* a focus and a start

(winter morning by the Sandia Mountains)

in the distance

the peaks

speak

                          (J)

*****

The phrase sensitivity to language that I have used in previous posts stems from an interview with Charles Simic in which, discussing the practice of writing everyday, he notes that by doing so one maintains “a certain sensitivity to language.”

Reading these words was a paradigm-shifting moment.  As a writer, one reads in order to see what is possible, to see what others have and have not done.  One also reads for permission.  I have for years now made writing a daily activity, but reading Simic point out this one aspect of it gave me a renewed sense of purpose.

Another such moment was reading W.H. Auden talk about what he takes to be signs of a possible poet: if the writer writes because he feels he has something to say, let him go into journalism or politics, but he will never be a poet.  If the writer takes pleasure in putting two words side by side and seeing what happens, seeing how they interact, then, maybe, they have some chance of turning out a poet.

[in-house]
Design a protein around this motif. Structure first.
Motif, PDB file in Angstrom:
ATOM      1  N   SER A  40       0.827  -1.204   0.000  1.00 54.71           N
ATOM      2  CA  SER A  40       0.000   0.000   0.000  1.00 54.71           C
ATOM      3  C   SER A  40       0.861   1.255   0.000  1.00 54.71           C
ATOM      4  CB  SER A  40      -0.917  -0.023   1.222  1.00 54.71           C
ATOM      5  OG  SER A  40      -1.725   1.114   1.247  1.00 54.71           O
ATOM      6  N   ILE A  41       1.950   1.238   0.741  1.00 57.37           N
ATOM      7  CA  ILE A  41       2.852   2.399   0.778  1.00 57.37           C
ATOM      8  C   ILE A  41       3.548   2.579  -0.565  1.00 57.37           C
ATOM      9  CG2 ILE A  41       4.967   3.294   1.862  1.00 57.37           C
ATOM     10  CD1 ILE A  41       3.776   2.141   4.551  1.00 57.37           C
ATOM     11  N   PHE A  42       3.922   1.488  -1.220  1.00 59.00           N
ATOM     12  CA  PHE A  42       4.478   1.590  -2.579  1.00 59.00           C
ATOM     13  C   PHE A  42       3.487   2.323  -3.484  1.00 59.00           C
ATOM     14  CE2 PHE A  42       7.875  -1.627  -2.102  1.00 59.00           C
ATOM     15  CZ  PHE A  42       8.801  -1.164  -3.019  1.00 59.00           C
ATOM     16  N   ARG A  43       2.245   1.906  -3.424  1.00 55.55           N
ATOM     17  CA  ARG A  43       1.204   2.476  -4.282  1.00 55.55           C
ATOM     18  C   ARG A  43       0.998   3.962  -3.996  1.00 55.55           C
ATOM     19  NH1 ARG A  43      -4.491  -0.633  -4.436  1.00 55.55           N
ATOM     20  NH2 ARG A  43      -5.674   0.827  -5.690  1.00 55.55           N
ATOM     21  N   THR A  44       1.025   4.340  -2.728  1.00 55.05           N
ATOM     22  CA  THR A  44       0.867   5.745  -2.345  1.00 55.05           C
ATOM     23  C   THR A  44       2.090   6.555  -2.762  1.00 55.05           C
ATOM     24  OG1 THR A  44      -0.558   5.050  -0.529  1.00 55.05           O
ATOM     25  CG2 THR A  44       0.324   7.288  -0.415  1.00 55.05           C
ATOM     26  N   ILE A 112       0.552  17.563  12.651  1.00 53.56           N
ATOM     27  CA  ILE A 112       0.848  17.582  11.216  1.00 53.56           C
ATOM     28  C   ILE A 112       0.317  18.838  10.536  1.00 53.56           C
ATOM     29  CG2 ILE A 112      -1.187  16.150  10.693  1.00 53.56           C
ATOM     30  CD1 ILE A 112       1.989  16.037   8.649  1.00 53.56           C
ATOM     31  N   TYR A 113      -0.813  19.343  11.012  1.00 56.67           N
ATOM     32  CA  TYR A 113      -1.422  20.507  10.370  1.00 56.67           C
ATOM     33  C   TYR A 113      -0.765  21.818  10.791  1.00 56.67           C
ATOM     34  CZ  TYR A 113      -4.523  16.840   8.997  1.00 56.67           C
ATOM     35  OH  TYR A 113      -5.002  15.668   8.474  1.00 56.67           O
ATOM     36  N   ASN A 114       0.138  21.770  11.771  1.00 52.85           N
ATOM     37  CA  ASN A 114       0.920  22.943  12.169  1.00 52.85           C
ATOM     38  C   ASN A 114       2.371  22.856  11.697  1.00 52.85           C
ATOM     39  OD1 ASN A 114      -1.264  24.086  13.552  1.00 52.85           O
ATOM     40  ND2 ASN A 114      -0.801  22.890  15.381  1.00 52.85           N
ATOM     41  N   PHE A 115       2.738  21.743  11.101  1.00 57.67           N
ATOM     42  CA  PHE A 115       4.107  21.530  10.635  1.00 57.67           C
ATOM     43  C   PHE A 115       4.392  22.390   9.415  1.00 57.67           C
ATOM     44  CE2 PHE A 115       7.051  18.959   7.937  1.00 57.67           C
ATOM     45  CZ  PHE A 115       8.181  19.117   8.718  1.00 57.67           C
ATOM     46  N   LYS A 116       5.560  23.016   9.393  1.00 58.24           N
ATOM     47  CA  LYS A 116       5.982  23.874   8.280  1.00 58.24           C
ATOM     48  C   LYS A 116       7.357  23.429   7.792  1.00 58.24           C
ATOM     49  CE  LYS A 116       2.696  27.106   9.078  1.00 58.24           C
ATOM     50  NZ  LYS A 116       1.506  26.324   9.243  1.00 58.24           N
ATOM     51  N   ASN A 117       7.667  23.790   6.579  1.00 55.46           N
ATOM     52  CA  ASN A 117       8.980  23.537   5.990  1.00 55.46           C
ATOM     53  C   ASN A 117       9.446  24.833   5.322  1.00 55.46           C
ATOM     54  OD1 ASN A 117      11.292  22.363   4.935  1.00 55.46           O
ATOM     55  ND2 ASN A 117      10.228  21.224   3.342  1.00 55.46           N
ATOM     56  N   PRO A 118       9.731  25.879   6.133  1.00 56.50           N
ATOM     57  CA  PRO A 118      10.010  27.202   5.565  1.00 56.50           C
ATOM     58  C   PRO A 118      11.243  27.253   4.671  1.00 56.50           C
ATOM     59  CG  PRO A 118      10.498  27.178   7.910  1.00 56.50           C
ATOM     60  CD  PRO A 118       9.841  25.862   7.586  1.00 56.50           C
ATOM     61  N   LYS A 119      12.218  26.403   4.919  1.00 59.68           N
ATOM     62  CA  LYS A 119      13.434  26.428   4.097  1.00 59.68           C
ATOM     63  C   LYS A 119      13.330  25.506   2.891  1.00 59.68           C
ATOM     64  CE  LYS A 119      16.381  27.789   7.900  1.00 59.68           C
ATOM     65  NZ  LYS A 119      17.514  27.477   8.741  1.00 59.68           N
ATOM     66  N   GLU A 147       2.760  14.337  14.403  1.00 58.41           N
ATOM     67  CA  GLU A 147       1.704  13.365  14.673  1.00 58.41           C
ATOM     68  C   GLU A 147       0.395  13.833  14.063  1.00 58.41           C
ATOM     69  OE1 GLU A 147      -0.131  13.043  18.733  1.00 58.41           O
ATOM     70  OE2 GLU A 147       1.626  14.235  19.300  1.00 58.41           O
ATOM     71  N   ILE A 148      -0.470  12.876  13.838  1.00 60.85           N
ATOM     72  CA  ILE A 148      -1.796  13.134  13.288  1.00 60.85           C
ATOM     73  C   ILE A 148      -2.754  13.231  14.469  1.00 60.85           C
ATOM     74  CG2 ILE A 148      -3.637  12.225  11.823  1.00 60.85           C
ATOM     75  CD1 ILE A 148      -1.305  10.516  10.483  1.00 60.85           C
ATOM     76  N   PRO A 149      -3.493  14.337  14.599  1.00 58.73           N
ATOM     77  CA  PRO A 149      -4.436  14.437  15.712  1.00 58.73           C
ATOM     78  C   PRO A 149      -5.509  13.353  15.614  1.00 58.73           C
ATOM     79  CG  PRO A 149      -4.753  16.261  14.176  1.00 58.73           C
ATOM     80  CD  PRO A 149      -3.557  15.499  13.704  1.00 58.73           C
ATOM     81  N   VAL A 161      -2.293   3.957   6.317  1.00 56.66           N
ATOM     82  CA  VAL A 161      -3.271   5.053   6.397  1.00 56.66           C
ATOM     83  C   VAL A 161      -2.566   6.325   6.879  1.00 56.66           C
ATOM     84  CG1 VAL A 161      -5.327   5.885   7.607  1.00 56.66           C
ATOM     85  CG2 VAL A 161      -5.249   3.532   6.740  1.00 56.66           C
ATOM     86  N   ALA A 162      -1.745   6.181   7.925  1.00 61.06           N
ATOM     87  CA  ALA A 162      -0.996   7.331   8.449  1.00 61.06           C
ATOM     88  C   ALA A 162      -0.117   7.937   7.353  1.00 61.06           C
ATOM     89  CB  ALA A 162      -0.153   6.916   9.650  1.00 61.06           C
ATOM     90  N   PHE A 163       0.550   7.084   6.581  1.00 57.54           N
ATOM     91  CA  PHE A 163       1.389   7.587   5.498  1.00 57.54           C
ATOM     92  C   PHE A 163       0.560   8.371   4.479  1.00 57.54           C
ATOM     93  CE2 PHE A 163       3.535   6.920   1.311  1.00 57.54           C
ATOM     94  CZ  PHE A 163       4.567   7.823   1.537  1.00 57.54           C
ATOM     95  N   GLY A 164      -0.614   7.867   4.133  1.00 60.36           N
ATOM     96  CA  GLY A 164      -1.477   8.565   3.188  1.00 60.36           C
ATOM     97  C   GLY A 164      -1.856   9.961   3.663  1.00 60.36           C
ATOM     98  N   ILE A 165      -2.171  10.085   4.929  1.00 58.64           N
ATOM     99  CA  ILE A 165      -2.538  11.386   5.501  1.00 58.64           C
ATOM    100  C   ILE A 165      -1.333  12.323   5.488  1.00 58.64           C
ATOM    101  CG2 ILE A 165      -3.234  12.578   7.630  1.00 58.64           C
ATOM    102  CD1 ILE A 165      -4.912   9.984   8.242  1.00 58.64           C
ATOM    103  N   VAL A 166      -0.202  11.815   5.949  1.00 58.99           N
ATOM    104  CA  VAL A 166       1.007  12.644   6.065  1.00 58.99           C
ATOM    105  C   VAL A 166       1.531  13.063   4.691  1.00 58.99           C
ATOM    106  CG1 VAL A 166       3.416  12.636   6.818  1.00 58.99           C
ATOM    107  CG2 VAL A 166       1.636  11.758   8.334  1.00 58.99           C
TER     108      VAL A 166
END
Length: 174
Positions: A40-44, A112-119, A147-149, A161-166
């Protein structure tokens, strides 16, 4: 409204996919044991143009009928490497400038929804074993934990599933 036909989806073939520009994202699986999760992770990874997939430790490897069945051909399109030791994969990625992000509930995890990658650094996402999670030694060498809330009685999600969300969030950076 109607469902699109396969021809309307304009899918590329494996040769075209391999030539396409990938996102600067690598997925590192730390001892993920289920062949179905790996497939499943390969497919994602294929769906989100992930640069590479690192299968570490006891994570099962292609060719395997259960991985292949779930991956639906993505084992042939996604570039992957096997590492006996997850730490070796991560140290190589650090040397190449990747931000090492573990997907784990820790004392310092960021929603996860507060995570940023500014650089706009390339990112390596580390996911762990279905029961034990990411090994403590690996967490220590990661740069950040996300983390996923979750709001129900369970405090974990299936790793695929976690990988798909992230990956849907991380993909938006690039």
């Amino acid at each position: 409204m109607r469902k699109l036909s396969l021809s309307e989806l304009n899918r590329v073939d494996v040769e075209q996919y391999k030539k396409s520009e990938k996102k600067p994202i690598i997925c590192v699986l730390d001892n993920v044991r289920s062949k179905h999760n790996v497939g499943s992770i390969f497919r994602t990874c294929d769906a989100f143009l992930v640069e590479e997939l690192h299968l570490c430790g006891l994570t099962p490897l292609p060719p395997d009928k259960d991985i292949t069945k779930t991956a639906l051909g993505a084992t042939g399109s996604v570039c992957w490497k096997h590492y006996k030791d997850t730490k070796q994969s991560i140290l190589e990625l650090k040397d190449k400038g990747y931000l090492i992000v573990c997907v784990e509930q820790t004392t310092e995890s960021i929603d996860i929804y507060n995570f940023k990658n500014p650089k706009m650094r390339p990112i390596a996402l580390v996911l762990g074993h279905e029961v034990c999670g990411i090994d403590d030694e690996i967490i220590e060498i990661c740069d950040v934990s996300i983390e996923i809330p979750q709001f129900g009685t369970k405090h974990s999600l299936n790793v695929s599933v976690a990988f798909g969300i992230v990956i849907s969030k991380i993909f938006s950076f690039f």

With these two thoughts as a guide – sensitivity to language and putting words side by side – I propose to make future posts that focus on short lyric poems.  The lyric poem, which I will define for my purposes as usually short and personal in nature, has the ability to pack a lot of life into a few lines.  This concentration is what I want to study here.  The lyric also has a history spanning centuries and countries.  I want to include this too.

In doing this kind of close reading and sharing, it is inevitable that my obsessions will show.  In today’s short poem, for example, you have a simple enough observation.  Yet, what got me going was not simply the mountains but the way you can get ‘speak’ out of ‘peaks’ by moving the letters around.  I am a geek for anagrams and often keep them at hand to thrown into a poem.  I love that the same letters can be recycled, the same sounds rolling over themselves and creating new meaning.  Which is what poetry is all about – all the words are out there in the world: how do you mean them?

***

I shared the above poem with a friend of mine in a letter, complete with explanation.  I share it here in the same spirit of friendship and shared fascination with words.

J

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